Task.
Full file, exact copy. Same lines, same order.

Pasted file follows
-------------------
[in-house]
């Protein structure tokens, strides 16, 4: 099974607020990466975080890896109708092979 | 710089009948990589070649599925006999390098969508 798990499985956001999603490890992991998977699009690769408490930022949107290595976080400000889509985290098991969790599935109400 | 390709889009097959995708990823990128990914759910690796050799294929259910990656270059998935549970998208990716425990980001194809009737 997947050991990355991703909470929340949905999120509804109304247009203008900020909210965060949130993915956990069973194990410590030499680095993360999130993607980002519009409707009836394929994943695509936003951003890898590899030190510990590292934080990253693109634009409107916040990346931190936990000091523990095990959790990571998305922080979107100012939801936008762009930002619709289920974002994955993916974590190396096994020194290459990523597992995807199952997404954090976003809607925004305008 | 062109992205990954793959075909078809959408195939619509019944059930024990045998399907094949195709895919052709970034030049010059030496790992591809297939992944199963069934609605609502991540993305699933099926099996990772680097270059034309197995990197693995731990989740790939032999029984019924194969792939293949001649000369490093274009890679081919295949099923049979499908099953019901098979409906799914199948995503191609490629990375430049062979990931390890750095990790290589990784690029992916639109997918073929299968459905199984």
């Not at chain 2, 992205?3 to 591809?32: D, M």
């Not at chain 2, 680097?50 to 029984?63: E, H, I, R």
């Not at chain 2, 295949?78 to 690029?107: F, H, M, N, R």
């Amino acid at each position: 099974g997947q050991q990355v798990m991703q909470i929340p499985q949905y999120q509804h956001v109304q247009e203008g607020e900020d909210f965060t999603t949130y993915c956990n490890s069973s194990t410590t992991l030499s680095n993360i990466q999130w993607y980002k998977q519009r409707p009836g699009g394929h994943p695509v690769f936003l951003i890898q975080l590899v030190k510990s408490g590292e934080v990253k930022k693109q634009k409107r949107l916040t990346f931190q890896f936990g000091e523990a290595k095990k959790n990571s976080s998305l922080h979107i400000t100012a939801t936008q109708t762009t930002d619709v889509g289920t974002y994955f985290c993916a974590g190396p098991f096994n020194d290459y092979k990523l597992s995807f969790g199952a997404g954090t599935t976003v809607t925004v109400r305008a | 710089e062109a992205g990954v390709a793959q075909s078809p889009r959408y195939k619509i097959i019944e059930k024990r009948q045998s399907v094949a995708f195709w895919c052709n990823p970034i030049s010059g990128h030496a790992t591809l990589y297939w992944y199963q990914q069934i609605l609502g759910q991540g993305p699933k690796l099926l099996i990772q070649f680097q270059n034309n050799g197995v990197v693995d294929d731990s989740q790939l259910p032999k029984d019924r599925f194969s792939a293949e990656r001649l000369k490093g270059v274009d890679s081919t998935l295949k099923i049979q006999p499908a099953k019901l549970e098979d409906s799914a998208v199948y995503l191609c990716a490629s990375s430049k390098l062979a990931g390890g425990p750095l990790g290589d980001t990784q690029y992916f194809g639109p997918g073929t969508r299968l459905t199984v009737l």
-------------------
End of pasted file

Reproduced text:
[in-house]
């Protein structure tokens, strides 16, 4: 099974607020990466975080890896109708092979 | 710089009948990589070649599925006999390098969508 798990499985956001999603490890992991998977699009690769408490930022949107290595976080400000889509985290098991969790599935109400 | 390709889009097959995708990823990128990914759910690796050799294929259910990656270059998935549970998208990716425990980001194809009737 997947050991990355991703909470929340949905999120509804109304247009203008900020909210965060949130993915956990069973194990410590030499680095993360999130993607980002519009409707009836394929994943695509936003951003890898590899030190510990590292934080990253693109634009409107916040990346931190936990000091523990095990959790990571998305922080979107100012939801936008762009930002619709289920974002994955993916974590190396096994020194290459990523597992995807199952997404954090976003809607925004305008 | 062109992205990954793959075909078809959408195939619509019944059930024990045998399907094949195709895919052709970034030049010059030496790992591809297939992944199963069934609605609502991540993305699933099926099996990772680097270059034309197995990197693995731990989740790939032999029984019924194969792939293949001649000369490093274009890679081919295949099923049979499908099953019901098979409906799914199948995503191609490629990375430049062979990931390890750095990790290589990784690029992916639109997918073929299968459905199984």
């Not at chain 2, 992205?3 to 591809?32: D, M």
């Not at chain 2, 680097?50 to 029984?63: E, H, I, R």
């Not at chain 2, 295949?78 to 690029?107: F, H, M, N, R």
């Amino acid at each position: 099974g997947q050991q990355v798990m991703q909470i929340p499985q949905y999120q509804h956001v109304q247009e203008g607020e900020d909210f965060t999603t949130y993915c956990n490890s069973s194990t410590t992991l030499s680095n993360i990466q999130w993607y980002k998977q519009r409707p009836g699009g394929h994943p695509v690769f936003l951003i890898q975080l590899v030190k510990s408490g590292e934080v990253k930022k693109q634009k409107r949107l916040t990346f931190q890896f936990g000091e523990a290595k095990k959790n990571s976080s998305l922080h979107i400000t100012a939801t936008q109708t762009t930002d619709v889509g289920t974002y994955f985290c993916a974590g190396p098991f096994n020194d290459y092979k990523l597992s995807f969790g199952a997404g954090t599935t976003v809607t925004v109400r305008a | 710089e062109a992205g990954v390709a793959q075909s078809p889009r959408y195939k619509i097959i019944e059930k024990r009948q045998s399907v094949a995708f195709w895919c052709n990823p970034i030049s010059g990128h030496a790992t591809l990589y297939w992944y199963q990914q069934i609605l609502g759910q991540g993305p699933k690796l099926l099996i990772q070649f680097q270059n034309n050799g197995v990197v693995d294929d731990s989740q790939l259910p032999k029984d019924r599925f194969s792939a293949e990656r001649l000369k490093g270059v274009d890679s081919t998935l295949k099923i049979q006999p499908a099953k019901l549970e098979d409906s799914a998208v199948y995503l191609c990716a490629s990375s430049k390098l062979a990931g390890g425990p750095l990790g290589d980001t990784q690029y992916f194809g639109p997918g073929t969508r299968l459905t199984v009737l």